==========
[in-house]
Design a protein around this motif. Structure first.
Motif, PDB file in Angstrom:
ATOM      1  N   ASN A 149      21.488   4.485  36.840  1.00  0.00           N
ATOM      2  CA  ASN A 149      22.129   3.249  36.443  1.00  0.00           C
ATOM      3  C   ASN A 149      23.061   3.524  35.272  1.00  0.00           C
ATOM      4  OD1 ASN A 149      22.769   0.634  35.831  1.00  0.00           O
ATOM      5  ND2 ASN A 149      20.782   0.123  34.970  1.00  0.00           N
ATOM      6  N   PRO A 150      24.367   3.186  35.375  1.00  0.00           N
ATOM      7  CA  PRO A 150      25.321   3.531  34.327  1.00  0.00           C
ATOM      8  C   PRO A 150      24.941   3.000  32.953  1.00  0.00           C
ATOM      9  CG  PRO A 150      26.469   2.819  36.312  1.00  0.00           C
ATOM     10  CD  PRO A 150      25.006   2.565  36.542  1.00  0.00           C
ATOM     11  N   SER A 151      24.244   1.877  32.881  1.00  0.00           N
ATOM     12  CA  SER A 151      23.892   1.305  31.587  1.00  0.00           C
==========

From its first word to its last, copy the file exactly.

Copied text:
[in-house]
Design a protein around this motif. Structure first.
Motif, PDB file in Angstrom:
ATOM      1  N   ASN A 149      21.488   4.485  36.840  1.00  0.00           N
ATOM      2  CA  ASN A 149      22.129   3.249  36.443  1.00  0.00           C
ATOM      3  C   ASN A 149      23.061   3.524  35.272  1.00  0.00           C
ATOM      4  OD1 ASN A 149      22.769   0.634  35.831  1.00  0.00           O
ATOM      5  ND2 ASN A 149      20.782   0.123  34.970  1.00  0.00           N
ATOM      6  N   PRO A 150      24.367   3.186  35.375  1.00  0.00           N
ATOM      7  CA  PRO A 150      25.321   3.531  34.327  1.00  0.00           C
ATOM      8  C   PRO A 150      24.941   3.000  32.953  1.00  0.00           C
ATOM      9  CG  PRO A 150      26.469   2.819  36.312  1.00  0.00           C
ATOM     10  CD  PRO A 150      25.006   2.565  36.542  1.00  0.00           C
ATOM     11  N   SER A 151      24.244   1.877  32.881  1.00  0.00           N
ATOM     12  CA  SER A 151      23.892   1.305  31.587  1.00  0.00           C